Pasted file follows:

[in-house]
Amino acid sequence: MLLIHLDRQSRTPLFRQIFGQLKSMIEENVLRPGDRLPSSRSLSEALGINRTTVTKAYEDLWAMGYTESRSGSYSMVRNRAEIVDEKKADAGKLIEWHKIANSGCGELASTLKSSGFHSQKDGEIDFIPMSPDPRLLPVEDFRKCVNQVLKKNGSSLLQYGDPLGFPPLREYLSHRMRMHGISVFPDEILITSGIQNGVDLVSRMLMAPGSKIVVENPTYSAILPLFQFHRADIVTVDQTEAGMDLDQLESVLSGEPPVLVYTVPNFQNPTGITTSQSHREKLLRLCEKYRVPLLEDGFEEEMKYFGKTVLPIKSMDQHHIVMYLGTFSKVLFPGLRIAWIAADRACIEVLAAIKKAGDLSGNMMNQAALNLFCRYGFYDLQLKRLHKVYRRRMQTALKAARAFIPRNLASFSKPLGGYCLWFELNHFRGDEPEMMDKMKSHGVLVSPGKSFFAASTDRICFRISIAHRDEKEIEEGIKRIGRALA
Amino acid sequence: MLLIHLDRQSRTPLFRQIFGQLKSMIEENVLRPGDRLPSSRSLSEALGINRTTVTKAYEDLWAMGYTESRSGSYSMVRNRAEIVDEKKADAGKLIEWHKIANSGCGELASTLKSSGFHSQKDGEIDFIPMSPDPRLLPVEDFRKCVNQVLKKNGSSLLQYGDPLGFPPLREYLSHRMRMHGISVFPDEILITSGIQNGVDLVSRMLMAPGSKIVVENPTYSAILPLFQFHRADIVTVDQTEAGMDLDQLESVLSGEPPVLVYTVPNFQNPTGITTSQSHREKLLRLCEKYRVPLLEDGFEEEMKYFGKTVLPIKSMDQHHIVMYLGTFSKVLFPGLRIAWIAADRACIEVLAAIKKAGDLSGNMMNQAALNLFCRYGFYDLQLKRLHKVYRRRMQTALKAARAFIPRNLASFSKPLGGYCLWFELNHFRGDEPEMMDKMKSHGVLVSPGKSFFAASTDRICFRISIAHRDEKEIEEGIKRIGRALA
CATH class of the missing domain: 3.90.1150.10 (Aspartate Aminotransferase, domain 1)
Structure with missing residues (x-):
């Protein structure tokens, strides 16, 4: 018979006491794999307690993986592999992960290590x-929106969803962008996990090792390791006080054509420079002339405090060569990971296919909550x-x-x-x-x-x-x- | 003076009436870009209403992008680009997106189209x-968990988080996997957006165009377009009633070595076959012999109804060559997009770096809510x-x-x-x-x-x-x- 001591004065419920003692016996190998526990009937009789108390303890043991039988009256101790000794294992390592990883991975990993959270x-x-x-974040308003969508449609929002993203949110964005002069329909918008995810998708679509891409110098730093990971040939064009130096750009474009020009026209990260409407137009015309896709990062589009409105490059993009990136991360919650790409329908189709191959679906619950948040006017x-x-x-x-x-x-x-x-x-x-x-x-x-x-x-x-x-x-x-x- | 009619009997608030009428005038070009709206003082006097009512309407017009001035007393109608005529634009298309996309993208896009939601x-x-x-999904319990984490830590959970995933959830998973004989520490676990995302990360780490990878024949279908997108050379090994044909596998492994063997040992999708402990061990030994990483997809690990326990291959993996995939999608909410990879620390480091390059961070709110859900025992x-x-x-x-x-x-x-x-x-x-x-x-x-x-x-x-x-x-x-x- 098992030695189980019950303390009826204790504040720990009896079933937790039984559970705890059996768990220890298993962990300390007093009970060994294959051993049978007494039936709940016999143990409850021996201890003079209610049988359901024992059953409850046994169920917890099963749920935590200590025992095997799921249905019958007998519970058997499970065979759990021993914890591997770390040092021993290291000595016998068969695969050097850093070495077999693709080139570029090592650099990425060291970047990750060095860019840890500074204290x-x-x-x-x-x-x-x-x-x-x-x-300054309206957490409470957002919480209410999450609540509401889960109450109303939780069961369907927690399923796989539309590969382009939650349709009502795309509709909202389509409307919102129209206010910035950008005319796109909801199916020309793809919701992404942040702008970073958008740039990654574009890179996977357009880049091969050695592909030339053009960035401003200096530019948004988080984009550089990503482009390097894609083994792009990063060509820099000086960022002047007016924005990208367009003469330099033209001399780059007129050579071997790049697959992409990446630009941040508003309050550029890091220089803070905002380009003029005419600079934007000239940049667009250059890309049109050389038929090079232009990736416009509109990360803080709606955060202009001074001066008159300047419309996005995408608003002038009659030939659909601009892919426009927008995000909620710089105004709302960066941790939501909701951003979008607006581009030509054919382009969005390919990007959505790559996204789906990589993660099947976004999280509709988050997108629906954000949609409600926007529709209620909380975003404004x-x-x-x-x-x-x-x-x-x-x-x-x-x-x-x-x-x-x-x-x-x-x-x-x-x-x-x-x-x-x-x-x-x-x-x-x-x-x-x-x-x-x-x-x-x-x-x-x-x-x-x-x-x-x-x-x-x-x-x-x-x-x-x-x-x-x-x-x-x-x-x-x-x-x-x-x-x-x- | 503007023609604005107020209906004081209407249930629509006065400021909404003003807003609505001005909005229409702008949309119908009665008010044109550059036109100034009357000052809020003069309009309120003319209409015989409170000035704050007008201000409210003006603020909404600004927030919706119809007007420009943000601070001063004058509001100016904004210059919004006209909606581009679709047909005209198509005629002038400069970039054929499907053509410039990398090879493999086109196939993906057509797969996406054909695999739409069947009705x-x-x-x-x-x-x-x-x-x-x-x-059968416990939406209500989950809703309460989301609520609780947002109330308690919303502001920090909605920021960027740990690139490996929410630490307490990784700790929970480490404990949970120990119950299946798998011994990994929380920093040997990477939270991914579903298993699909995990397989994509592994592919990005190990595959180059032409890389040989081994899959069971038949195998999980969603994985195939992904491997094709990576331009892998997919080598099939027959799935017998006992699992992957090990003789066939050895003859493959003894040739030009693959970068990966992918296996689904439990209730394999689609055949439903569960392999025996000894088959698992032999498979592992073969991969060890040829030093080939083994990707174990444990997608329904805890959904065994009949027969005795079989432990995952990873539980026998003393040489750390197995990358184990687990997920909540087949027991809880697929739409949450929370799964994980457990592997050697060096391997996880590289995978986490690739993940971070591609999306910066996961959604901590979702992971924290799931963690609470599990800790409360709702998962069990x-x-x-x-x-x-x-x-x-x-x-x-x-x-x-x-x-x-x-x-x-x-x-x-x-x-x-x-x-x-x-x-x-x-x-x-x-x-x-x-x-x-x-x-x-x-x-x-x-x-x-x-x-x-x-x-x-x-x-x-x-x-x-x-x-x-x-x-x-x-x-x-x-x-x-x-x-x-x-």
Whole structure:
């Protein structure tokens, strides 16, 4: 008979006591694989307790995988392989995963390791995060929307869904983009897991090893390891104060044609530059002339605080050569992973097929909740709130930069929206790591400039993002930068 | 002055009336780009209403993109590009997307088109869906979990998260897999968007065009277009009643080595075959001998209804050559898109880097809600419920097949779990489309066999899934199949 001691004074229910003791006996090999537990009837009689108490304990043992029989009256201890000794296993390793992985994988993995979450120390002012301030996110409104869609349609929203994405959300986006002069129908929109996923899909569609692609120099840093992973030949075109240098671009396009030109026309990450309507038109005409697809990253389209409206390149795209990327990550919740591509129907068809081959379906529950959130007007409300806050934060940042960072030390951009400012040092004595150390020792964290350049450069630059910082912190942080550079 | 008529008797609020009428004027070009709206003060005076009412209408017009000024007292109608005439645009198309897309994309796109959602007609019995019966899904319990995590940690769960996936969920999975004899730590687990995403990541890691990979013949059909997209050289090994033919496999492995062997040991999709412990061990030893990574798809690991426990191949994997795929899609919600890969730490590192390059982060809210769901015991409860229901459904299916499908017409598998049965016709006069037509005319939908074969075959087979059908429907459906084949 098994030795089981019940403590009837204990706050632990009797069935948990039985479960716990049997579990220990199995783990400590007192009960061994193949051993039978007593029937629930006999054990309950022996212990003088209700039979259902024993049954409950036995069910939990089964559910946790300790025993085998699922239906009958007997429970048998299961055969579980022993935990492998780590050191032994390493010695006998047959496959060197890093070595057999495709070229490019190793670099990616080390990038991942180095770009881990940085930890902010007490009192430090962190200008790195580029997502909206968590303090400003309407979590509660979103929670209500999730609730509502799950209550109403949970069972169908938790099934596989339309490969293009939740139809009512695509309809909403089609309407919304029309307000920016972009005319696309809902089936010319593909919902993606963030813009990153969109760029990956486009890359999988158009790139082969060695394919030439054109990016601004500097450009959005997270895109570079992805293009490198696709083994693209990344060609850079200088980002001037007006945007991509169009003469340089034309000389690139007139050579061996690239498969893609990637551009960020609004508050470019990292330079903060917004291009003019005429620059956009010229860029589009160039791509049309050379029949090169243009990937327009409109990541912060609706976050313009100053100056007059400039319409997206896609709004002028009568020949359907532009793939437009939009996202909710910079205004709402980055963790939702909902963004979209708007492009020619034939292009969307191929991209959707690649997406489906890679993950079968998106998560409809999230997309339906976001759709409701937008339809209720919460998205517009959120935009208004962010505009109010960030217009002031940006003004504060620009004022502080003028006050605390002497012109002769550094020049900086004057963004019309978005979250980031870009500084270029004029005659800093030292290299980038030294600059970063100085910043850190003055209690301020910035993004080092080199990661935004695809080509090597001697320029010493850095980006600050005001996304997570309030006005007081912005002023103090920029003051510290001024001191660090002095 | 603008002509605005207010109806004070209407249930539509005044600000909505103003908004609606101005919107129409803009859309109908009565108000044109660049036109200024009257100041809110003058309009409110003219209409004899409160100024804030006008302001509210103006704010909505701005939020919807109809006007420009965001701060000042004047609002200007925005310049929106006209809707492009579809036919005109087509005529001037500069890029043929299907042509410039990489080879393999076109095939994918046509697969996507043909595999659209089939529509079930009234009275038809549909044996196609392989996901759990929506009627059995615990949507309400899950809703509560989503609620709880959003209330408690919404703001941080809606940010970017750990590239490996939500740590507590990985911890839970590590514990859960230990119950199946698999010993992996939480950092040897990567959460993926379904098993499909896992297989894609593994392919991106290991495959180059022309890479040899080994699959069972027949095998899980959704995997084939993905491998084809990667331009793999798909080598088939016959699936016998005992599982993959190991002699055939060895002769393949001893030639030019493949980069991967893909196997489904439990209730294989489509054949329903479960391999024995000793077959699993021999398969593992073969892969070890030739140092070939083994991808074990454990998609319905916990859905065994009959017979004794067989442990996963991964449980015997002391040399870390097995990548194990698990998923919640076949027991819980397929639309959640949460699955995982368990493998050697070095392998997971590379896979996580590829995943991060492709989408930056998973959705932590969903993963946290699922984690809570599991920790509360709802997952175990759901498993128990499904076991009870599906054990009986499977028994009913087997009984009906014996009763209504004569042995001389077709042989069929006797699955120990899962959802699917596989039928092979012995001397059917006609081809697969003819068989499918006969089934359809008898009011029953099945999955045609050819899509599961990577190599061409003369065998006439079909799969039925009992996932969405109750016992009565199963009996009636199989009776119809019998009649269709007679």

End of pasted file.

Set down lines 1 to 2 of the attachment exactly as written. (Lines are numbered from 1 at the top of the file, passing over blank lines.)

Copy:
[in-house]
Amino acid sequence: MLLIHLDRQSRTPLFRQIFGQLKSMIEENVLRPGDRLPSSRSLSEALGINRTTVTKAYEDLWAMGYTESRSGSYSMVRNRAEIVDEKKADAGKLIEWHKIANSGCGELASTLKSSGFHSQKDGEIDFIPMSPDPRLLPVEDFRKCVNQVLKKNGSSLLQYGDPLGFPPLREYLSHRMRMHGISVFPDEILITSGIQNGVDLVSRMLMAPGSKIVVENPTYSAILPLFQFHRADIVTVDQTEAGMDLDQLESVLSGEPPVLVYTVPNFQNPTGITTSQSHREKLLRLCEKYRVPLLEDGFEEEMKYFGKTVLPIKSMDQHHIVMYLGTFSKVLFPGLRIAWIAADRACIEVLAAIKKAGDLSGNMMNQAALNLFCRYGFYDLQLKRLHKVYRRRMQTALKAARAFIPRNLASFSKPLGGYCLWFELNHFRGDEPEMMDKMKSHGVLVSPGKSFFAASTDRICFRISIAHRDEKEIEEGIKRIGRALA